Hospital emergency departments are turning to a number of strategies to reduce wait times, amid growing concern about  patients who leave without being seen, today’s Informed Patient column reports.

Leaving without treatment can lead to lost revenue for hospitals and health risks for patients. Long wait times are the main factorcited by patients for leaving without getting care.

In addition to using “lean” management techniques to speed patients more efficiently through the ER, which studies have shown can reduce left-without-being-seen rates, health systems with multiple ERs are posting wait times online or in the waiting rooms at different facilities so patients can chose the shortest option.

Akron General Health System in Ohio went one step further last year and began providing live streaming of wait times on highway billboards for two freestanding emergency rooms it built — one about a 15-minute drive north and one the same distance west — of its main downtown campus. It will soon start showing times for a third auxiliary ER in Lodi, Ohio; wait times for that one are on the hospital website.

Jack Mitstifer, chair of emergency medicine at Akron, tells the Health Blog that at first the hospital system also showed wait times for its main downtown campus, but stopped doing so when it became clear the  times shown “didn’t reflect reality.” The downtown center is a level one trauma center designated for stroke and chest pain care, and a third of its patients arrive by helicopter or ambulance. Those patients are seen immediately, which drives the average wait time down, “but the people in the waiting room don’t see it,” says Mitstifer.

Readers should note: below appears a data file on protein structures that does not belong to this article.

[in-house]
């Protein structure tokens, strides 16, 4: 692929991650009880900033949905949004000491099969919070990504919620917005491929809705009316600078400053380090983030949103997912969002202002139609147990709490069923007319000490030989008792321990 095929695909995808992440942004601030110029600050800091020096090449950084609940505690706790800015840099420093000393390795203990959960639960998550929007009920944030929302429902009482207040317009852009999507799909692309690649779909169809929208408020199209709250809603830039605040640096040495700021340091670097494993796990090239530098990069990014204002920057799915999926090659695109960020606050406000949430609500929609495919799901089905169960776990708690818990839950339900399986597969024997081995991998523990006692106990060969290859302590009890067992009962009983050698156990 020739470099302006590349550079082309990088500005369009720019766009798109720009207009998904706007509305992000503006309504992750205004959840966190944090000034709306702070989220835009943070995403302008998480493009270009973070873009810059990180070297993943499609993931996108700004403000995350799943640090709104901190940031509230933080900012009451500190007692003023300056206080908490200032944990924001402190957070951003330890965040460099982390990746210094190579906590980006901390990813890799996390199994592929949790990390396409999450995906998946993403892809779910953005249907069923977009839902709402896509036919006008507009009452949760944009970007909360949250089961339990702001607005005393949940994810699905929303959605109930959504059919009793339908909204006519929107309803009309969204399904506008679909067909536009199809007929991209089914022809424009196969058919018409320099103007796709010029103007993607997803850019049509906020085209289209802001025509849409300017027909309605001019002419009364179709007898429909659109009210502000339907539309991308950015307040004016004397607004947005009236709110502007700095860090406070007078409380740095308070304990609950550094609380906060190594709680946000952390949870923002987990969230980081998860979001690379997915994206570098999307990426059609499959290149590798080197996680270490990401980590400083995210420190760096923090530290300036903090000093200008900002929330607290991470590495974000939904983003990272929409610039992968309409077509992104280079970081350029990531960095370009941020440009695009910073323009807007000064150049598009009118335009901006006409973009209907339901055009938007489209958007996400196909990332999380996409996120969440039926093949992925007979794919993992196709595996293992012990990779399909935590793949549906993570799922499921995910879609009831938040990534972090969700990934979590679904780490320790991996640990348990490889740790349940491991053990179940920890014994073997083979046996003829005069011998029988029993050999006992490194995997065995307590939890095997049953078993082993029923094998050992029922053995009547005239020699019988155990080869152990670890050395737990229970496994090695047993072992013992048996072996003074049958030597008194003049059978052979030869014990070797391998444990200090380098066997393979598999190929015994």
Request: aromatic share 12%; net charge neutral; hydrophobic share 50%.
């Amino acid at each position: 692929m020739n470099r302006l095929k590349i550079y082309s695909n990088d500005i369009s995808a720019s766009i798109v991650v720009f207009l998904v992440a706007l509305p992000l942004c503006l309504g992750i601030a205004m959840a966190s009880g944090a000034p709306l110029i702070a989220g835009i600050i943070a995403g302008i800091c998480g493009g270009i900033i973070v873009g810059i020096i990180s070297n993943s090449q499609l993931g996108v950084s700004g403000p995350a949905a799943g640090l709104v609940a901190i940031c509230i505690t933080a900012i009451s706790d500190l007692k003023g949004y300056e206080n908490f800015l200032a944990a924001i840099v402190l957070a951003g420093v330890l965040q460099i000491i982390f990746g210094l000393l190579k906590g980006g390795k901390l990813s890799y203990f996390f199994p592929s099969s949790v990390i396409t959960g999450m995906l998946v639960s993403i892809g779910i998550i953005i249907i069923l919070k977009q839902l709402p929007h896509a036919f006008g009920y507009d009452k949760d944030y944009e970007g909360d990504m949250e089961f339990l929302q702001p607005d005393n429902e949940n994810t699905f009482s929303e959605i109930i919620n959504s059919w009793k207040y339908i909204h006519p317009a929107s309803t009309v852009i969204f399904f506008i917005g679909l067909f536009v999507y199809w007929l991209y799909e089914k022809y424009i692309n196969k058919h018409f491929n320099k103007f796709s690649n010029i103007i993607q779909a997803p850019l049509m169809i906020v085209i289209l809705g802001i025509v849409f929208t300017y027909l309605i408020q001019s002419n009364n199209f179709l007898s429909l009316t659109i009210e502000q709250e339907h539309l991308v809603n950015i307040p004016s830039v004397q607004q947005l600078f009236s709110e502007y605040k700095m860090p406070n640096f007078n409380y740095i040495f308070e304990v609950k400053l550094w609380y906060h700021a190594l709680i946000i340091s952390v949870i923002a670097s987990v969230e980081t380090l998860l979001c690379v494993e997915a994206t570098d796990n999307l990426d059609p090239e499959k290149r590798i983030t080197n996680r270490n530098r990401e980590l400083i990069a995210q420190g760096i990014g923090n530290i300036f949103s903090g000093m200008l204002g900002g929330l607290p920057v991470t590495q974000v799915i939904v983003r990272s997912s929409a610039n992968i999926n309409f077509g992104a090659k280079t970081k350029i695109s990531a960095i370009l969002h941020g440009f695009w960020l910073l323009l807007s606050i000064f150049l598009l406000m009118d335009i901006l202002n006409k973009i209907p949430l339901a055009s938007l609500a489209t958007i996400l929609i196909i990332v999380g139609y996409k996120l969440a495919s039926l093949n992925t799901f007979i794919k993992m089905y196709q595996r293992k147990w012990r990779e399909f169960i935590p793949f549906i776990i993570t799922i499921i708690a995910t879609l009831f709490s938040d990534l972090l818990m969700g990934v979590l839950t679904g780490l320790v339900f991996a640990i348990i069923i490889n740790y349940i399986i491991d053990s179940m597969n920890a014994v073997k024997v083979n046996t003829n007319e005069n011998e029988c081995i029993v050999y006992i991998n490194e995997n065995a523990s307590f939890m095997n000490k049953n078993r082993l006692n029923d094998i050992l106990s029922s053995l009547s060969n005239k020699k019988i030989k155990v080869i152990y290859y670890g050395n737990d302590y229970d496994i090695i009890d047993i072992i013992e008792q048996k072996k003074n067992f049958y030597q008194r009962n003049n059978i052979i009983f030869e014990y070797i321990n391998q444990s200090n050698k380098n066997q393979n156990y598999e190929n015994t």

On the website, the hospital warns that downtown wait times can  change rapidly, depending on the needs of patients who arrive by ambulance. The website urges patients to call 911 for emergencies and to get to the nearest ER when time is of the essence.

The billboards and website are a good marketing tool for patients who have minor injuries such as a laceration or injured ankle or wrist, and might  be willing to drive an extra 10 or 15 minutes to have a better experience and get quicker care, Mitstifer says. “But we don’t want someone with chest pain or a stroke going online to see where the shortest wait is.”


By Laura Landro - The Wall Street Journal

Exibições: 88

Respostas a este tópico

É um bom exemplo para os hospitais brasileiros. Além de aumentar o nível de serviço aos pacientes de PS, ainda exploram esse potencial competitivo em propaganda.




O Grupo Lean promove a interação e o networking de profissionais praticantes e estudiosos de Lean System.

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